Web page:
Lobell et al. compiled publicly available data on crop production, location, yields, growing season, monthly temperature (T) and precipitation (P) for past warming events and trends between 1980-2008 in order to extrapolate the magnitude of climate change’s effect on future global agricultural yields. Since maize (corn), wheat, rice, and soybeans represent roughly 75% of calories consumed by humans globally, the team identified the data sets for these four crops as having a greater share of global agricultural production and nutritional needs. The yield models were computed graphically on a world map to better illustrate national and regional trends. The researchers normalized temperature variations by applying the historical standard deviation of year-to-year fluctuations in temperature. Countries underwent warming trends of at least one standard deviation in growing regions for rice and maize 65% globally while 75% of rice and 53% of soybean regions experienced the same warming (except for the U.S. which experienced a cooling during the same period, and grows 40% of the net global maize and soy supply) while a quarter of countries experienced a shift of two standard deviations.
The authors used a regression model to infer relationships between the crops, climate change, and actual climate in the regions affected. For example, a 1°C° increase in temperature tended to lower yields by 10% except in high latitude countries, where warming is actually shown to increase rice gains. Results on the effect of precipitation were closely grouped across all four crops and all regions, except in time-specific instances of heavy rains where flooding greatly reduced the viability of the crop.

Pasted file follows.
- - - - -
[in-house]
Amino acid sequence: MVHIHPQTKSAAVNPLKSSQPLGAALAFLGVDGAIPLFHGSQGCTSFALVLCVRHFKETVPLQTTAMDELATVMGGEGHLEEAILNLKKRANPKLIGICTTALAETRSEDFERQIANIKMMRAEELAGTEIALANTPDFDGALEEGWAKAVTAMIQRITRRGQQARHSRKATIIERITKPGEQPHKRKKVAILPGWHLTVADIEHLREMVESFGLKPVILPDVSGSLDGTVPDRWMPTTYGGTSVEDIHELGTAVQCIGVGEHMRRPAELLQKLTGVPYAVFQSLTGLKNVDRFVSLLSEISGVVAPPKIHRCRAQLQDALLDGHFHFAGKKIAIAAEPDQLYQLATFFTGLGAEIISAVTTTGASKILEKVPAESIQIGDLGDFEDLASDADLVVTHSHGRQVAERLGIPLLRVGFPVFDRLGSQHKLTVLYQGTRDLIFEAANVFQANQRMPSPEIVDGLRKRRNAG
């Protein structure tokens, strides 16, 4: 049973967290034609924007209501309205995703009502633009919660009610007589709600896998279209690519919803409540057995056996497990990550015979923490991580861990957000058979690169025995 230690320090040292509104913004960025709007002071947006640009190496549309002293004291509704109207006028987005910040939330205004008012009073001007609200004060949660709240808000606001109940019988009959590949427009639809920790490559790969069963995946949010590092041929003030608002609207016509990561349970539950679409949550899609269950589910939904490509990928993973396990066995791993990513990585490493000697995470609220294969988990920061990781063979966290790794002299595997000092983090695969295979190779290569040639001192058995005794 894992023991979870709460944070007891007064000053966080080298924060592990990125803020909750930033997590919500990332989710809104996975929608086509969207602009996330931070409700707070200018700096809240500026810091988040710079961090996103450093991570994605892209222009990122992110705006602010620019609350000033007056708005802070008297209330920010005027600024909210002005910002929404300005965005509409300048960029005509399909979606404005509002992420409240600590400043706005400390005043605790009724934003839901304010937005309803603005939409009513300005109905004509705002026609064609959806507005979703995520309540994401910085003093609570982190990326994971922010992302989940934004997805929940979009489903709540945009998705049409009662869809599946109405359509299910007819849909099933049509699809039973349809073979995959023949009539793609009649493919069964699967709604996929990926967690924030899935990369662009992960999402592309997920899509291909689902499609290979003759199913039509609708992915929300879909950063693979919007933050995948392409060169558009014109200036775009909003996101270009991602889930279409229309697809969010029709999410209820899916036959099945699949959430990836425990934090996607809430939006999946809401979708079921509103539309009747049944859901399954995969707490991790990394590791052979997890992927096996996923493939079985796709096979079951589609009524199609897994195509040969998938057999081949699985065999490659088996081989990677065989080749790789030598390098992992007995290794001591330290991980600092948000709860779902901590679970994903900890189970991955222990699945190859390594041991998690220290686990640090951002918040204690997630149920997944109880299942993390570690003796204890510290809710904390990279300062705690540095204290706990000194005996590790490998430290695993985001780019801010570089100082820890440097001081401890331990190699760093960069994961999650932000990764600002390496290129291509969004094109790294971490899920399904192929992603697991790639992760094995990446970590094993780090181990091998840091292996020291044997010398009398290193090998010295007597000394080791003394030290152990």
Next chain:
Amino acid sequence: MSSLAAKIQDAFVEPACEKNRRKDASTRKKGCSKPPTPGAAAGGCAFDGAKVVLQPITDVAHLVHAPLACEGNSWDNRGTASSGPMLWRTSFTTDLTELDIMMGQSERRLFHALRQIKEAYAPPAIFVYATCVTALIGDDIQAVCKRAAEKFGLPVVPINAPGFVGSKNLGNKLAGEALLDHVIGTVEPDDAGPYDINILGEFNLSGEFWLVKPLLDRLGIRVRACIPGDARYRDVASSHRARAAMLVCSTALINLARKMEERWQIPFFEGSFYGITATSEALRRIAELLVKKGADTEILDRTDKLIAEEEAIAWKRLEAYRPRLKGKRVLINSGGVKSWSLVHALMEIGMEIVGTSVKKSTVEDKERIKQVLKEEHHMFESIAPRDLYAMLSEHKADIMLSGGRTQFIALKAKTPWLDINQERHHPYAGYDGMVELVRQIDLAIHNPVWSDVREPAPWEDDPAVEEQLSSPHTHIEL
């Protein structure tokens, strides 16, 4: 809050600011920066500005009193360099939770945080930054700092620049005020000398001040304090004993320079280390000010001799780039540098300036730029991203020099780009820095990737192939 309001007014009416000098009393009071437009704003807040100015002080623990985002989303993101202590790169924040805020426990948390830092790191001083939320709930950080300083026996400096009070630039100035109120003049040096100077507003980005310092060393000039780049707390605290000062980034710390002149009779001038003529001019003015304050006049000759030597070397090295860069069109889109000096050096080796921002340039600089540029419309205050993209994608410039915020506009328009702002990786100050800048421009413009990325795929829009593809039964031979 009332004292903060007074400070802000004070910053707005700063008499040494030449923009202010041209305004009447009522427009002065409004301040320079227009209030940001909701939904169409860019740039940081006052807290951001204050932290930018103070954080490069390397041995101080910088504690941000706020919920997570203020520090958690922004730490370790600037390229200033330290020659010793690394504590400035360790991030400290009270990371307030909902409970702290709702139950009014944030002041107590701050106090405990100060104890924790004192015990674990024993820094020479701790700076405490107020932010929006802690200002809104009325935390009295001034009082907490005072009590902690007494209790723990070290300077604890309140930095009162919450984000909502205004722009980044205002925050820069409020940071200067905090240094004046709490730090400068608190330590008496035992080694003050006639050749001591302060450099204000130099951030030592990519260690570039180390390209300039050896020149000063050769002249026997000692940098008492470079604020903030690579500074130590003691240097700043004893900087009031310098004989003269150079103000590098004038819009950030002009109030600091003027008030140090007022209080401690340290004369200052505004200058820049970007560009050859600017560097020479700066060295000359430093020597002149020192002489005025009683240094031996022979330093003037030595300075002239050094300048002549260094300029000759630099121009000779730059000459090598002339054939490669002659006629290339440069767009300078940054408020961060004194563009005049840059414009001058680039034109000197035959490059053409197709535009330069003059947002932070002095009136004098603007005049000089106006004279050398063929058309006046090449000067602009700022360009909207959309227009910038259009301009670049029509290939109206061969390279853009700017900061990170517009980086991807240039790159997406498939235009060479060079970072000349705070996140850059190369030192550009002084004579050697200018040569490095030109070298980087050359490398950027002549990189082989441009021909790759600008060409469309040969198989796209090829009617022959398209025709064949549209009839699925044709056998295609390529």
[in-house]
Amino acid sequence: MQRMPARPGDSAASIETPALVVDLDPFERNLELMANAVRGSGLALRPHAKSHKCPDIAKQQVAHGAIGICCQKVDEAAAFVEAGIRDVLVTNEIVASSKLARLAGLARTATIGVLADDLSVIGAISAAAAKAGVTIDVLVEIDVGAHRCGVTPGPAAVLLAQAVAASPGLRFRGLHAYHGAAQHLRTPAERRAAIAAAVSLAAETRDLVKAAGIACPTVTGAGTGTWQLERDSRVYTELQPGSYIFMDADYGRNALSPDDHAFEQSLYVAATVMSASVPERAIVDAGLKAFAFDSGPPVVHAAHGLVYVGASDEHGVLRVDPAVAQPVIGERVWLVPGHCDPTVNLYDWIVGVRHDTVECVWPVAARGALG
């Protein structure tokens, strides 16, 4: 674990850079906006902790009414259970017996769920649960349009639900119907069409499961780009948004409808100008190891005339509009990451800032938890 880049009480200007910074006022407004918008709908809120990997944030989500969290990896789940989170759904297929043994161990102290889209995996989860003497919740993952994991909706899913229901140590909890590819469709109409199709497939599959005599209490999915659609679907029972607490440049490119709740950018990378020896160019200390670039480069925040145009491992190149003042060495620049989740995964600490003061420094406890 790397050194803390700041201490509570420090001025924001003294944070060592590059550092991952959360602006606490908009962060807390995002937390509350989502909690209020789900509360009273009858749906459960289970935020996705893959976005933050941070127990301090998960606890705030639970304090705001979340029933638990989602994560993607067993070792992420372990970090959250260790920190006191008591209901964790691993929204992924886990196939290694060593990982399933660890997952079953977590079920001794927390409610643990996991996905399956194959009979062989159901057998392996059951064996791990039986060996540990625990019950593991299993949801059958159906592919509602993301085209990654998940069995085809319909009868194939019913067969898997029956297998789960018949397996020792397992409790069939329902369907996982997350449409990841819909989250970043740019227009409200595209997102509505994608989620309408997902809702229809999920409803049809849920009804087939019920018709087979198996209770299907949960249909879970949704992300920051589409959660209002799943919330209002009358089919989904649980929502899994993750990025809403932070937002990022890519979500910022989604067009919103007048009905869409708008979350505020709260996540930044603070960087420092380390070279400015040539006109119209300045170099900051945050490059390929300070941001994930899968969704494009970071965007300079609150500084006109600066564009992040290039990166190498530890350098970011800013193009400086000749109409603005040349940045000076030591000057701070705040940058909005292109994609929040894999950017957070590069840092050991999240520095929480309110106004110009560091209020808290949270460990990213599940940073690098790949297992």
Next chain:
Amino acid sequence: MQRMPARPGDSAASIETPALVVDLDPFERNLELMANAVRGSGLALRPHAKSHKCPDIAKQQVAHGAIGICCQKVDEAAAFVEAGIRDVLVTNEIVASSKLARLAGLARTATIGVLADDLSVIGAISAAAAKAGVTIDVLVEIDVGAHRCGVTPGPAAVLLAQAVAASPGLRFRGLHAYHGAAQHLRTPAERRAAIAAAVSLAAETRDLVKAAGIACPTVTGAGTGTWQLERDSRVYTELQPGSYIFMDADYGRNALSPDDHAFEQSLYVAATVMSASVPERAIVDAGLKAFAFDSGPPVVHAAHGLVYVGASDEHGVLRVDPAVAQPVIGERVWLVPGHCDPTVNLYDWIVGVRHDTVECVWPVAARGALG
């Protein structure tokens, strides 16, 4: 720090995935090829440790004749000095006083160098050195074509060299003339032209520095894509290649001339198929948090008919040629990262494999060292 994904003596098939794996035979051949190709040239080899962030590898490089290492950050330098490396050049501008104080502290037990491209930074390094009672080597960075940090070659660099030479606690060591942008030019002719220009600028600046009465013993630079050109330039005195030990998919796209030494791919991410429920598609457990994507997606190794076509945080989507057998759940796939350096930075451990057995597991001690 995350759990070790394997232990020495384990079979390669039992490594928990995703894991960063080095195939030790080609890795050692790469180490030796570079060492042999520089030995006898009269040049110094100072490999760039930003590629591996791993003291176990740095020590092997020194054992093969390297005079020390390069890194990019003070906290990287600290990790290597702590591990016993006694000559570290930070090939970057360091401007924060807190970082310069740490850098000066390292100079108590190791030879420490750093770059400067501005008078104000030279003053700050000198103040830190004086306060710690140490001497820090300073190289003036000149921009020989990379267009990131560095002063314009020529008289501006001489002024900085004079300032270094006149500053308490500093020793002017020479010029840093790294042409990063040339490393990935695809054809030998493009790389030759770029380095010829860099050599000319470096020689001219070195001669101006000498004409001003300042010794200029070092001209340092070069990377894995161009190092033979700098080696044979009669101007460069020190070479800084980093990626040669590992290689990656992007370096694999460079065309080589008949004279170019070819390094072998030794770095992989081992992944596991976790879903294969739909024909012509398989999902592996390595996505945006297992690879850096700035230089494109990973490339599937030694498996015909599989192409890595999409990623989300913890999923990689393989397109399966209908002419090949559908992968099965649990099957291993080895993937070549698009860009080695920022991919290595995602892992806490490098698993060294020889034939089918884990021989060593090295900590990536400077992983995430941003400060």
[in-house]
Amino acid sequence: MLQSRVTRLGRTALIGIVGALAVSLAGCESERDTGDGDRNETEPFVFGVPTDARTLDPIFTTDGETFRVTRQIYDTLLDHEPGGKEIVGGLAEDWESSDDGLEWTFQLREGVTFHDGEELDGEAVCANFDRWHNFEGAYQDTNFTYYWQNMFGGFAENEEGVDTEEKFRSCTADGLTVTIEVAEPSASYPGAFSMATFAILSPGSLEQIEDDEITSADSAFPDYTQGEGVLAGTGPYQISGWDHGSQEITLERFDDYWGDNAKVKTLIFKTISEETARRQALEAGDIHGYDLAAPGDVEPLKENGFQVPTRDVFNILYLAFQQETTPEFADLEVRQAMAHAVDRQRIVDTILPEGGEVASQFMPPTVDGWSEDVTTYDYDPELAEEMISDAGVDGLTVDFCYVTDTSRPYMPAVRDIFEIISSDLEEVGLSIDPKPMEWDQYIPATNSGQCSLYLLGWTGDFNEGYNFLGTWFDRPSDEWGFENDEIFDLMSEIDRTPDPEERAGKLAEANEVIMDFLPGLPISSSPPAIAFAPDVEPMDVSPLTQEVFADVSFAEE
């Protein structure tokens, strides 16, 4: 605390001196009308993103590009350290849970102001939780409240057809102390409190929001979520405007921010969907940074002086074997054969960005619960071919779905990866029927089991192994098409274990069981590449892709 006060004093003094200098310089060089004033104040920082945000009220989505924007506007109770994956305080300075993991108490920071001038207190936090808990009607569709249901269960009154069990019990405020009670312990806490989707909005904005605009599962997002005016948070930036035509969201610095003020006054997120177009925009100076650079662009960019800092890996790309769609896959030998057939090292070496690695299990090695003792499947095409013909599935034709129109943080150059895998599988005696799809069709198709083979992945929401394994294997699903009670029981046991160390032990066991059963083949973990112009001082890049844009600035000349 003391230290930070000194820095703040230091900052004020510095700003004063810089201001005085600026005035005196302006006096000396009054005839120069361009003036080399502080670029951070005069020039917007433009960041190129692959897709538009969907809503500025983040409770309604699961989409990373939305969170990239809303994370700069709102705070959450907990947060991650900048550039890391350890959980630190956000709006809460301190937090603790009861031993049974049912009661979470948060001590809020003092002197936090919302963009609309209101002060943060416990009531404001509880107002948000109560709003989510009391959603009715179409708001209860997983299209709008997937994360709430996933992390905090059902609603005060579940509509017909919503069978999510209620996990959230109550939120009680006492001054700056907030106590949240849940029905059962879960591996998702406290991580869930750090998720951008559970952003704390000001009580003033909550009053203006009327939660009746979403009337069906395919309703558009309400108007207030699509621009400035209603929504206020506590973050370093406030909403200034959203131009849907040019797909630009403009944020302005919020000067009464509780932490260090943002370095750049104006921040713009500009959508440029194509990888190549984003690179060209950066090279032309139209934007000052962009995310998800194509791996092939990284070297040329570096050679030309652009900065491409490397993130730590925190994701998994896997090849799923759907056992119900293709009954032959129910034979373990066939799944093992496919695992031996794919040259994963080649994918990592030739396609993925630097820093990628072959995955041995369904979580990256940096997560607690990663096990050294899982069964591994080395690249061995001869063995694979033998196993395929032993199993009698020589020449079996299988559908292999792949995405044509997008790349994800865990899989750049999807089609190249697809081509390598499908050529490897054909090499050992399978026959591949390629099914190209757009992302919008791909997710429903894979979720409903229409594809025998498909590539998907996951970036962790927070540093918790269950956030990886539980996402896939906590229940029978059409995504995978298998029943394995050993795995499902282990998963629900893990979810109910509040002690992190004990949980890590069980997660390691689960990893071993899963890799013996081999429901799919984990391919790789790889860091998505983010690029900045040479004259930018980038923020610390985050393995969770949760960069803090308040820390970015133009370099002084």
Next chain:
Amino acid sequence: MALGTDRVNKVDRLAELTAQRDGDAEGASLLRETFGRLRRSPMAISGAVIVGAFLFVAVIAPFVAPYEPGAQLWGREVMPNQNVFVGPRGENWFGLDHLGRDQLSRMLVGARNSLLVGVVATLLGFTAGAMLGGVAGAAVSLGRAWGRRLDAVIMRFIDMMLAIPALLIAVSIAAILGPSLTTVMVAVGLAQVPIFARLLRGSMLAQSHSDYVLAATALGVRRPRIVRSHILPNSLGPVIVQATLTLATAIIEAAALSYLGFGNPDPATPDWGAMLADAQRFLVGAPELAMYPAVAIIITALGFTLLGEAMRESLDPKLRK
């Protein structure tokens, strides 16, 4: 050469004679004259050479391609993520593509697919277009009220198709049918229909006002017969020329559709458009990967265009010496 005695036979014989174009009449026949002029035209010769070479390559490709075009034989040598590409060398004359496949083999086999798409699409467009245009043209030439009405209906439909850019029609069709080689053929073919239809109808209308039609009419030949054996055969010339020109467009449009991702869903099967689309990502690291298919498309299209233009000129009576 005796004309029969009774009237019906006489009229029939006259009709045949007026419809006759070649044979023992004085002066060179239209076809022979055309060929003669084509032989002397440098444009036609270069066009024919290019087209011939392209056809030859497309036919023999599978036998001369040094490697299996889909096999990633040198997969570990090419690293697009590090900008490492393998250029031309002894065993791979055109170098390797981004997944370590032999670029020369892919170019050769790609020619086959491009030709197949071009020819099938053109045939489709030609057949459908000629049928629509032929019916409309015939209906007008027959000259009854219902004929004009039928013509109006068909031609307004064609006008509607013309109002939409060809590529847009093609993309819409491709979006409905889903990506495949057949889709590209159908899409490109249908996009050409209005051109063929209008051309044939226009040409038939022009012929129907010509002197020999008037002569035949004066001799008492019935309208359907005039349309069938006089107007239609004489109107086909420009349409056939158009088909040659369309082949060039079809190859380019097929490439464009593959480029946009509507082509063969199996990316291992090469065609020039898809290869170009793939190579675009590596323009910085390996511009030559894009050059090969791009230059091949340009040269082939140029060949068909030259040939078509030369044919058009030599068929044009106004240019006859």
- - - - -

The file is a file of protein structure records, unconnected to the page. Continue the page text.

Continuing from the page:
The authors took rising CO2 trends into account using data from an earlier study to adjust the effect of a changing atmosphere due to warming on the different crops.  The prior study had found that rising CO2 trends would likely raise production of C3 plant varieties like rice wheat and soybeans by 3%.  The yield models predicted global yield decrease of 3.8% for maize, 2.5% for wheat, but a 2.9% increase for rice, and 1.3% increase for soy. By dividing the climate induced yield change by the overall yield change the team posited that a decade of climate change would reverse the positive yield-growth effect of a year of technological advancements. Armed with a comparative measure of the yield impacts of climate change, the research team found maize and wheat to likely be exacting a heavy toll economically on a global scale due to their nutritional importance and regional susceptibility to temperature change.  By identifying the danger to the availability of two major food crops due to climate change, policymakers will be able to more accurately create contingencies to alleviate future pressure on the largest portion of global foodstuffs.